"The Larger Bowl" dials it back with an acoustic intro that gets doubled on the second verse, with the song's scaled-down vibe recalling that of Power Windows' "Emotion Detector" (1985) and Hold Your Fire's "Second Nature" (1987). The chorus is understated, emphasizing control, not virtuosity. Things pick back up with "Spindrift," a cauldron of tension that burbles with a doom riff that Black Sabbath's Tony Iommi would love. "Spindrift" also shows that Lee is at the top of his vocal game - and light-years removed from the high pitch that some observers still seem to think is his hallmark.
Then we get to the first of three instrumentals. "The Main Monkey Business" amps up the proceedings further after the album's mostly deliberate, measured start. It's a classic power-trio jam with all sorts of shifts in tempo and time - in other words, the kind of thing that'll be great to hear performed live. Two tracks after that comes "Hope," a one-take acoustic Lifeson showcase that clocks in at just over 2 minutes. Four tracks later rumbles in the cheekily named "Malignant Narcissism" (Team America: World Police fans will recognize its origin), with Lee's percolating bass leading the charge. But the song is over in just 2:17, ending a bit quicker than expected or desired; concise, yes, but it could have used some breathing room.
Believe it or not, you get some blues riffology on "The Way the Wind Blows," as Lifeson does his best Eric Clapton on the intro and the solo - and it totally works. The frame for "Blows" most likely benefited from some of the cover choices on 2004's Feedback EP - songs like "The Shapes of Things" and "Crossroads." (And kudos to Peart for his muted lead-in to Lifeson's intro and the rhythm section's slide into a pure support role during the solo. Watch out, Double Trouble!)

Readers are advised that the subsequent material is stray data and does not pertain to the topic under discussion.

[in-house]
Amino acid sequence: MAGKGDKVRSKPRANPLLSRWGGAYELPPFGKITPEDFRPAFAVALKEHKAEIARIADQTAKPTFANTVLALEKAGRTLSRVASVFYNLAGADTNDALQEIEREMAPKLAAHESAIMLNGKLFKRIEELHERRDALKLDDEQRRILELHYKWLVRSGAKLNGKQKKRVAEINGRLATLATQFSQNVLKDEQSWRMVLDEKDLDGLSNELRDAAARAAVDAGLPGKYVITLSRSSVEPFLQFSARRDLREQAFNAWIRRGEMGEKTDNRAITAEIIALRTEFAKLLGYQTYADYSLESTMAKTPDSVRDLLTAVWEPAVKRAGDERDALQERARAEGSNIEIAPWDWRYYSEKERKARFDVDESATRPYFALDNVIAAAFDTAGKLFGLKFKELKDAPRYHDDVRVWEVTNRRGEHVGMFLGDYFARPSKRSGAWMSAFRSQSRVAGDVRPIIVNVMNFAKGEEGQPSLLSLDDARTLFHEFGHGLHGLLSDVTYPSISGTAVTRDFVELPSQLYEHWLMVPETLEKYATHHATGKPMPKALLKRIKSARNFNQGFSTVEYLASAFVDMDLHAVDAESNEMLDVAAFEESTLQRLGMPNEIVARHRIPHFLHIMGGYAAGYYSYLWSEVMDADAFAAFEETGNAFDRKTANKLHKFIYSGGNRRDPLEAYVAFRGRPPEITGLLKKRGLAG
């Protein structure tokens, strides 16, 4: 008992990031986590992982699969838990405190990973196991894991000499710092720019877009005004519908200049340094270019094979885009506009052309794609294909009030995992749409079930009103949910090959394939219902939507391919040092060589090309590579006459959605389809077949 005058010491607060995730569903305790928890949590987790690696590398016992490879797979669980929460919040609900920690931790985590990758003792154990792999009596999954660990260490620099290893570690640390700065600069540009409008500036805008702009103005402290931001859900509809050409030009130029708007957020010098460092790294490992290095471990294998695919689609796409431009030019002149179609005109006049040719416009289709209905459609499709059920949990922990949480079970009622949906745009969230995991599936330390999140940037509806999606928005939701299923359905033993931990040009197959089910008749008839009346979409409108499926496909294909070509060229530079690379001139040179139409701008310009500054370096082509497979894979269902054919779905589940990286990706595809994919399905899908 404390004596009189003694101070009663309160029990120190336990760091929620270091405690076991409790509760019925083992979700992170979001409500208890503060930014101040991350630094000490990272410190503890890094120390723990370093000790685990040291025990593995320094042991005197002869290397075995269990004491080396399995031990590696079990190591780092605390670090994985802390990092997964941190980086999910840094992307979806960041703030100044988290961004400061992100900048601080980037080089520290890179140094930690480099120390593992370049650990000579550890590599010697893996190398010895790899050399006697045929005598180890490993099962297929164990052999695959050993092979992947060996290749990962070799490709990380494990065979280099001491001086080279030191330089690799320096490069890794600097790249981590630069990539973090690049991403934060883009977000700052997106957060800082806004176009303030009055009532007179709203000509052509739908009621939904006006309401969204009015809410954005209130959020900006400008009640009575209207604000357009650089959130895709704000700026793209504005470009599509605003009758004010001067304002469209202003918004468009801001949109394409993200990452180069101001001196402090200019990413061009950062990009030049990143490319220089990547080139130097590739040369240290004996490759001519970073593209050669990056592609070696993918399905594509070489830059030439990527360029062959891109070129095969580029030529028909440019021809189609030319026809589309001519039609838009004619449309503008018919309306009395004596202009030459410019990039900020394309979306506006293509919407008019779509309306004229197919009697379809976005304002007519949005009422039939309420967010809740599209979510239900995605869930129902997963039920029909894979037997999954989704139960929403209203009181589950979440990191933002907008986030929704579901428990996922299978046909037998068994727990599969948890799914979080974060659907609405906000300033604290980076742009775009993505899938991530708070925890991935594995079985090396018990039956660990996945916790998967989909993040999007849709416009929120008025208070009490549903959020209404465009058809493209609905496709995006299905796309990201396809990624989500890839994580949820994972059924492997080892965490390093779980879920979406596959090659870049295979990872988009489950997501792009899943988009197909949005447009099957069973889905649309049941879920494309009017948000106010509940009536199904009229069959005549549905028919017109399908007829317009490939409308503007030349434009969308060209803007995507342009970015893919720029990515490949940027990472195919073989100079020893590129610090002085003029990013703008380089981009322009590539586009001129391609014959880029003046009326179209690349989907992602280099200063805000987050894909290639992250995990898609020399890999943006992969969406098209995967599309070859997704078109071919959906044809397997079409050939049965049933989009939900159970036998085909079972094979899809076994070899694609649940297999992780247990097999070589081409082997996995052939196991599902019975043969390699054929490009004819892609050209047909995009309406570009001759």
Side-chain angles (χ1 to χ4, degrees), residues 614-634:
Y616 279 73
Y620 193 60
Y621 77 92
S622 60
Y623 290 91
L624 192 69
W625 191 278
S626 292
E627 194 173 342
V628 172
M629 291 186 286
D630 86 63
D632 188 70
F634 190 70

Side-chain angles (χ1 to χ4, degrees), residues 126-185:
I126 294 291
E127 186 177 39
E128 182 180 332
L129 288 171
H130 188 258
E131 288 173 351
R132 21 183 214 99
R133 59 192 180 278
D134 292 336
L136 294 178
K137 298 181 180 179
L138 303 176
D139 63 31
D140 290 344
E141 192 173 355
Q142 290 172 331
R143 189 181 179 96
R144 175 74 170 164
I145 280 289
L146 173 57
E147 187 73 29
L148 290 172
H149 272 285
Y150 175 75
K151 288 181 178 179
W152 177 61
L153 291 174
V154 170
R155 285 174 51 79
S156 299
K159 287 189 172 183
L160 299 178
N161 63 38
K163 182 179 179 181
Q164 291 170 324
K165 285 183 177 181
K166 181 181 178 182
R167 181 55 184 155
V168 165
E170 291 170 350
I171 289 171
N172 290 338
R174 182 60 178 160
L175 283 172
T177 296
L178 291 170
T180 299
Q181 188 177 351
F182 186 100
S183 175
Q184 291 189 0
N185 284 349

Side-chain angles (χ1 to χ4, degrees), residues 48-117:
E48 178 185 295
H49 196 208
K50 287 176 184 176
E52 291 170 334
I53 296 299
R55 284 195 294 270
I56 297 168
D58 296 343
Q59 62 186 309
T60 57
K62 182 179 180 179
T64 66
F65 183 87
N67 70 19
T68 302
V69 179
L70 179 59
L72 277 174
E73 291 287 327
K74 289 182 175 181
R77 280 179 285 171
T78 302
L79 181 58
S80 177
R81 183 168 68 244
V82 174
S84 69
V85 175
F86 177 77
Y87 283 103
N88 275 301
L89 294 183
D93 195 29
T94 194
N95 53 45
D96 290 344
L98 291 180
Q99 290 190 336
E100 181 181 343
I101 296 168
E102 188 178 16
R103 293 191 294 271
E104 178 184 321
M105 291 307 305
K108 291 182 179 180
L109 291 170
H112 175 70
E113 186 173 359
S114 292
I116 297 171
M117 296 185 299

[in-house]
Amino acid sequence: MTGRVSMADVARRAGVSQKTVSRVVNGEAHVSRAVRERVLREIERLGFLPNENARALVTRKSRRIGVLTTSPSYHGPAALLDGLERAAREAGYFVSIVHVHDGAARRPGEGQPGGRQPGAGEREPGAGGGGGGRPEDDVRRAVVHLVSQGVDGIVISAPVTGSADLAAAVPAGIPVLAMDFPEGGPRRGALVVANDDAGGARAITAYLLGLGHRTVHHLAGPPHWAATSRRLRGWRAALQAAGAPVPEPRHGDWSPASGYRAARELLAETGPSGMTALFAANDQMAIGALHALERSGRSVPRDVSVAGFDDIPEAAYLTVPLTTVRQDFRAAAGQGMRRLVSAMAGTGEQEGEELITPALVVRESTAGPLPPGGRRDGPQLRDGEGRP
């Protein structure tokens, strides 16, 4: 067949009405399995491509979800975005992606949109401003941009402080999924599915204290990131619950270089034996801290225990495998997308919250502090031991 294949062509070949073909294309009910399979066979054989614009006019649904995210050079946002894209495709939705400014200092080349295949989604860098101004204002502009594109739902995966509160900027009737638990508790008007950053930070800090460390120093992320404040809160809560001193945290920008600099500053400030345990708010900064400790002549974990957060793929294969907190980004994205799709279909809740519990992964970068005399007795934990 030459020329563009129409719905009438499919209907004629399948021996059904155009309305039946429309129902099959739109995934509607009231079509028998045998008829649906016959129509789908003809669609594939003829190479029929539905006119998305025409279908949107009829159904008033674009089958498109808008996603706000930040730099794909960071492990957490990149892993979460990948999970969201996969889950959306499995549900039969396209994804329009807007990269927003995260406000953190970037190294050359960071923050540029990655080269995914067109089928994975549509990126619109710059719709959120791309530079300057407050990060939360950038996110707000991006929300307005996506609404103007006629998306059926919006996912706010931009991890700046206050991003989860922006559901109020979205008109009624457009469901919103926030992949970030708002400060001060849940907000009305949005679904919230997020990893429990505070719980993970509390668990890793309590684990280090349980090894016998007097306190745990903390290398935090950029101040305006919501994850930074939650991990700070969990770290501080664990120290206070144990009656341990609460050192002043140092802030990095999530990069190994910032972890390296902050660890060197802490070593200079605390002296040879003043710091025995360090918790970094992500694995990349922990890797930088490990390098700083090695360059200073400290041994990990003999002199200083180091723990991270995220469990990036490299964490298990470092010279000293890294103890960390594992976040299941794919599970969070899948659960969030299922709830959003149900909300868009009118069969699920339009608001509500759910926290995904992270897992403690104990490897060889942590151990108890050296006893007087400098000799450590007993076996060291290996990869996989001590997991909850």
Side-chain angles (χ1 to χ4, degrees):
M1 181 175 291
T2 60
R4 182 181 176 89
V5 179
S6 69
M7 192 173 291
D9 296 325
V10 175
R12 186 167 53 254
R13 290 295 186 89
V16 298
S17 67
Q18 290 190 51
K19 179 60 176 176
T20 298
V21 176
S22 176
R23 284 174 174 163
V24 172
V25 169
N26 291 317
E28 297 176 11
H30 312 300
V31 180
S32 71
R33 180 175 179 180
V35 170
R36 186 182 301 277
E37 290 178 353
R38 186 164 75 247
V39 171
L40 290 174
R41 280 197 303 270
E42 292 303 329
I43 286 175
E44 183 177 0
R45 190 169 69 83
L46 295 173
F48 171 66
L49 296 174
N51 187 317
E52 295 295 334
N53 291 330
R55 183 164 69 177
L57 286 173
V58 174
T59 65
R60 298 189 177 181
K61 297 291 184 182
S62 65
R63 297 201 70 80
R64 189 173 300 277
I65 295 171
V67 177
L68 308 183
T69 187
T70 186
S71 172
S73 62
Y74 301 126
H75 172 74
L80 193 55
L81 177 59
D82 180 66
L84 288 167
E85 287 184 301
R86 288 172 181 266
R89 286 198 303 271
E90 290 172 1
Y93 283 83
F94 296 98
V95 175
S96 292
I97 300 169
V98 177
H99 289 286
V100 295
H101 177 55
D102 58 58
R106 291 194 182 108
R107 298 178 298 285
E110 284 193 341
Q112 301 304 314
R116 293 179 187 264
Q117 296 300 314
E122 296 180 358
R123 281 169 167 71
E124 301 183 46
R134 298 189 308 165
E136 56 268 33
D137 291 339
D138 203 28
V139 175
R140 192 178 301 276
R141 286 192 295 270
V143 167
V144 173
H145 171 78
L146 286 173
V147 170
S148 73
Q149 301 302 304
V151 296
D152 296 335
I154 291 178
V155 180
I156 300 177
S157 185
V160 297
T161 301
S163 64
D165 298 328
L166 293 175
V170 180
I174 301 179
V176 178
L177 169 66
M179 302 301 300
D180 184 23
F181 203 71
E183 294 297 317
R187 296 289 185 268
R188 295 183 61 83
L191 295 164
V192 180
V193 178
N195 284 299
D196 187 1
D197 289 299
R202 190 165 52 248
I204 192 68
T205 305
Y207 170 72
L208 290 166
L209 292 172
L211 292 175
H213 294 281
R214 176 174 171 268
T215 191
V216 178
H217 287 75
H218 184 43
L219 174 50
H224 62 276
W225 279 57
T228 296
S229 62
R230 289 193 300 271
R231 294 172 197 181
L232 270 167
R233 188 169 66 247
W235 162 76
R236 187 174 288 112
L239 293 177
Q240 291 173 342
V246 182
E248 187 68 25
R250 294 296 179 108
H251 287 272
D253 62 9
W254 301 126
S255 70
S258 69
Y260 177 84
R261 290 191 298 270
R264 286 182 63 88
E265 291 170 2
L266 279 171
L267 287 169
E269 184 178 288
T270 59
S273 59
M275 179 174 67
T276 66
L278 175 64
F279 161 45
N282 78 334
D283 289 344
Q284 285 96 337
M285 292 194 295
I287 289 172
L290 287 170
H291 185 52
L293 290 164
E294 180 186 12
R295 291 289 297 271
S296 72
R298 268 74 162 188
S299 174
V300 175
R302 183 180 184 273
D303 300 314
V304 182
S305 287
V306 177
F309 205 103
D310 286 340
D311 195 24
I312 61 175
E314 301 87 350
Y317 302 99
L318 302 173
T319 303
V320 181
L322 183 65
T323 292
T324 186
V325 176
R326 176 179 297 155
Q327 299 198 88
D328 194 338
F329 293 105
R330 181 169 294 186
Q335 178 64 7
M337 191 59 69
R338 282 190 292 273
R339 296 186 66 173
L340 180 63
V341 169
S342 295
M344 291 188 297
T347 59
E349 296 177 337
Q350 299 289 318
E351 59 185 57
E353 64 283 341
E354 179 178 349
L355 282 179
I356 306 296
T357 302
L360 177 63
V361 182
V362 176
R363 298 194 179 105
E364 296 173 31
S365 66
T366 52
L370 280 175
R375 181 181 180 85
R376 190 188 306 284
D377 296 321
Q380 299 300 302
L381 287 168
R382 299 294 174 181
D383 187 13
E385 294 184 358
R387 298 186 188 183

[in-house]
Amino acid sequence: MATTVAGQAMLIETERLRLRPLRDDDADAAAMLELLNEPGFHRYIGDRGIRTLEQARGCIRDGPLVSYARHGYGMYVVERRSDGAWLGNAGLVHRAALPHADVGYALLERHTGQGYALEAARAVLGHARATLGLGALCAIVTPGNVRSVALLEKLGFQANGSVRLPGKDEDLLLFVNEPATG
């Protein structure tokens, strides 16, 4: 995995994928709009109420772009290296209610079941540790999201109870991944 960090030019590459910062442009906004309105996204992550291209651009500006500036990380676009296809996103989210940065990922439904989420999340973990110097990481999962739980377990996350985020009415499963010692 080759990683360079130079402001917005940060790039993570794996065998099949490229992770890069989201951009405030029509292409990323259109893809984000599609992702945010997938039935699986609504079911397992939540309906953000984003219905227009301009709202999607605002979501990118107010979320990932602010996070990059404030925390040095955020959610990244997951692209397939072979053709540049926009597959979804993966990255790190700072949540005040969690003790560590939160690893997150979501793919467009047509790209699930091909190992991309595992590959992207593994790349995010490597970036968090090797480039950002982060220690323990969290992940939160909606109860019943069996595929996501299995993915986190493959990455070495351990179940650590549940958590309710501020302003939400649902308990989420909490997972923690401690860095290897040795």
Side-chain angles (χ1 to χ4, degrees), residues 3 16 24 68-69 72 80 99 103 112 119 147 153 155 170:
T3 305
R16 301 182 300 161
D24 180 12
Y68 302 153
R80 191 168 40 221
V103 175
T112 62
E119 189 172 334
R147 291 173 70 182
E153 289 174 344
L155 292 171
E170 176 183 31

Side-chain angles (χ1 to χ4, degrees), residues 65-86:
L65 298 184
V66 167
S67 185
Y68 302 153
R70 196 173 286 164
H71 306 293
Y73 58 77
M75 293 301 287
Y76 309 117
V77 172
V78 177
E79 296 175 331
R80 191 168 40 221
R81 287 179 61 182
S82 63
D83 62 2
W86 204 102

The second half of the record examines belief systems. "Faithless" serves as, perhaps, a counterpoint to the mystical convictions put forth in the title track of Roll the Bones (1991) and Test for Echo's "Totem" (1996), and Lee's prominent bassline takes charge of the groove. "Bravest Face" picks up the thread, with Lifeson's off-kilter acoustic line isolated in the left channel during the verses. The song's brief, jazzy solo is another marvel. (You know, I'm hard-pressed to find the axeman ever repeating himself song to song or album to album.) The intro to "Good News First" sets the stage for Lee's unsettled vocals to start swirling around in a vacuum, before the determined "We Hold On" closes out the disc strongly. The last note is fittingly left to Peart, whose final cymbal crash resonates to the fadeout.
Snakes & Arrows shows Rush continuing to do its own thing with style and panache and without fear or apology. The Rush cult sure has some mean, mean pride, and membership has its privileges. Your ears should join in if they haven't already.
Postscript: Snakes & Arrows is also available on MVI, with a surround mix and a making-of documentary. For a review, click here.
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